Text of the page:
We chanced upon an interesting Korean drama called “Let’s Eat”. At first, we thought it’s a documentary show like the one in Arirang channel. We were drawn immediately as we saw the preview because the food looked savory. Since it’s about food, Mich became interested too. Any drama that shows food and pet, she’s in. It’s like egg and rice for her. We are fond of watching K-dramas, eating yummy Kfood, and hoping to visit South Korea again. Let’s Eat is entertaining especially the eating part wherein the actors would describe the food and show how to properly eat a specific dish and the reason behind. We always drool and dream about the food we see in the show and hope that when we go to Seoul we will be able to try the authentic ones.
If eyes are windows to the soul, then food is the clear window into the culture. When in Seoul, we ate at this authentic looking restaurant with no chairs. The waiters don’t speak English, so based our orders on the pictures in the menu. That time, we were not yet familiar with Korean food. So we copied what the others were doing. They gave us a plate full of onions and we didn’t even know what to do with them. Haha. We enjoyed our yummy food anyway.
“A multitude of bees can tell the time of day, calculate the geometry of the sun’s position, argue about the best location for the next swarm. Bees do a lot of close observing of other bees; maybe they know what follows stinging and do it anyway.” – Lewis Thomas
A quick visit to Pier 39 includes people watching. We, or I in particular, love to see diverse people and observe what they do, what they buy, what they eat and many more. I love to see colors and life in every stores and things sold everywhere from souvenirs to candies at Pier 39.
I would encourage our kids to buy local fruits than candies. But kids are kids. They’re attracted to candies especially the weird ones.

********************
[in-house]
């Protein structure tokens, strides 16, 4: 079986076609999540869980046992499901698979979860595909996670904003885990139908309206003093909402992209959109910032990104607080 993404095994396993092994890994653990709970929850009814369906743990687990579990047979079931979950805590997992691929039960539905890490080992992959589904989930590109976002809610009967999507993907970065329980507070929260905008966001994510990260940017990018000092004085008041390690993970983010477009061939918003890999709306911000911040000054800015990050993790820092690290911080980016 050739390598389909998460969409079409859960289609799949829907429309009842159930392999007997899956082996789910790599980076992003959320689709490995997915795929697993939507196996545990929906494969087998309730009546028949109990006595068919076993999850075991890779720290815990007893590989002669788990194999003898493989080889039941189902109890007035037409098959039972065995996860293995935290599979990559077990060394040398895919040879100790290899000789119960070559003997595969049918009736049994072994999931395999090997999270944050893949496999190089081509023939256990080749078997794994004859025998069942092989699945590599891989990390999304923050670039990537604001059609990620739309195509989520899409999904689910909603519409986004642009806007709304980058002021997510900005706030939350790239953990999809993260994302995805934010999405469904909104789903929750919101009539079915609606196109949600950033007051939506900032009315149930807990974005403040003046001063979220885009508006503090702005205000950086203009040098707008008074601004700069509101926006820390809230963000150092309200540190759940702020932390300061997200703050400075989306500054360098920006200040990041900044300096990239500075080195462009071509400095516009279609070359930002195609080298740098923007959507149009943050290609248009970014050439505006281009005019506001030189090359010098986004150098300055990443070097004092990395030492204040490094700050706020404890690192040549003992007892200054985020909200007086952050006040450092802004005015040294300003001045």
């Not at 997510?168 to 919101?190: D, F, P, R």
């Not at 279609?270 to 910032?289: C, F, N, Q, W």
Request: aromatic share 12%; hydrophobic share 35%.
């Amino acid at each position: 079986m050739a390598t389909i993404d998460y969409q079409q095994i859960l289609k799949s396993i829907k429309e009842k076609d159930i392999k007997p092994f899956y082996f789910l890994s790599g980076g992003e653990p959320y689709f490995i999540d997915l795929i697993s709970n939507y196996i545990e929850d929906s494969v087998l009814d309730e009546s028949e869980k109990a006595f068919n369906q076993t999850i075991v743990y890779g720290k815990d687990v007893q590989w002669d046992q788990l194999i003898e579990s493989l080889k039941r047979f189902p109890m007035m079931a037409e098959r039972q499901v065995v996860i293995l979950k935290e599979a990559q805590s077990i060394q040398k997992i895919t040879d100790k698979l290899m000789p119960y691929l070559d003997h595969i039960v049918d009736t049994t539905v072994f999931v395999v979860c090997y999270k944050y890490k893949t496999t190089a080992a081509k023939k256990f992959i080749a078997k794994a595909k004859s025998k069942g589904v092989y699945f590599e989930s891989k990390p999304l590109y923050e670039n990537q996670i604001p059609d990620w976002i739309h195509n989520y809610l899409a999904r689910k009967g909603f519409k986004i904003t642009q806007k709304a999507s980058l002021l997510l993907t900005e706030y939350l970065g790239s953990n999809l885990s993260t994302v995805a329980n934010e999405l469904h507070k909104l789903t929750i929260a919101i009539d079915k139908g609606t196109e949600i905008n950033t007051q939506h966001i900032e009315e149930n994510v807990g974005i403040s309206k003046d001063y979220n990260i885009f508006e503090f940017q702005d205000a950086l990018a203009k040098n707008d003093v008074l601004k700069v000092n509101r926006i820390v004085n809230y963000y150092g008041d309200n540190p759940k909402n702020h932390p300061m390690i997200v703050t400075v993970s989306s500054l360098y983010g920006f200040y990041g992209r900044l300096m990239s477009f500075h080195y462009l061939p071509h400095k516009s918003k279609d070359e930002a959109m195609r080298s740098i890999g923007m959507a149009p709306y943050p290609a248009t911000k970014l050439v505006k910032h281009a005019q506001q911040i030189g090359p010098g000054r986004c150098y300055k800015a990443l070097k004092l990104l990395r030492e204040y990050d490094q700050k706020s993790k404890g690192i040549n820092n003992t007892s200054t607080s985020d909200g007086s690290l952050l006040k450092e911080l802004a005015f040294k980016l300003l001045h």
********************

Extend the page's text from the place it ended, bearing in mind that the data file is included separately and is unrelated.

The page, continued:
Funny as it seems, the main reason why I want to go here was to see sea lions but we only saw one. A lazy looking sea lion. Looks like they all walked out. Maybe we missed the right time to see them here.
Anyway, to compensate the missing sea lions, here’s one of the best sunsets in the Bay Area. Dining to a very dramatic sunset was a treat!
Yummy food from Pier Market. It was a long wait because of too much people that time…
(2 years ago from the time of posting)
It’s been a year since our visit to Seoul, Korea. We’ve watched a lot of Korean dramas that visiting Asia would not be complete without a tour of Seoul and a taste of their dishes.
My personal favorite Korean dish is tofu stew. I can skip any Korean dish except this one. When our family decided to abstain from eating out for forty days, I developed this craving for my favorite Korean food. Good thing about living in this part of the world is that Korean market is just around the corner, selling many ingredients. Thanks to recipes online, I can create my soup at home.
When we were on tour to different places in Seoul, we tried our best to try Korean food from streets, restaurants and malls. As much as possible we skipped McDonald’s and other common tourist food. We tried what looked appealing to us. We tried street food where you would just eat whatever you want and pay. One of them is Deokbokki, a rice cake shaped like a cylinder with hot and spicy sauce. The ahjummas (old ladies) are selling these from enclosed food stalls along the street. But most of the ahjummas don’t speak English. It’s good that when we ate deokbokki and other fish balls in skewers, there’s this young lady that helped us interpret what the ahjumma was saying.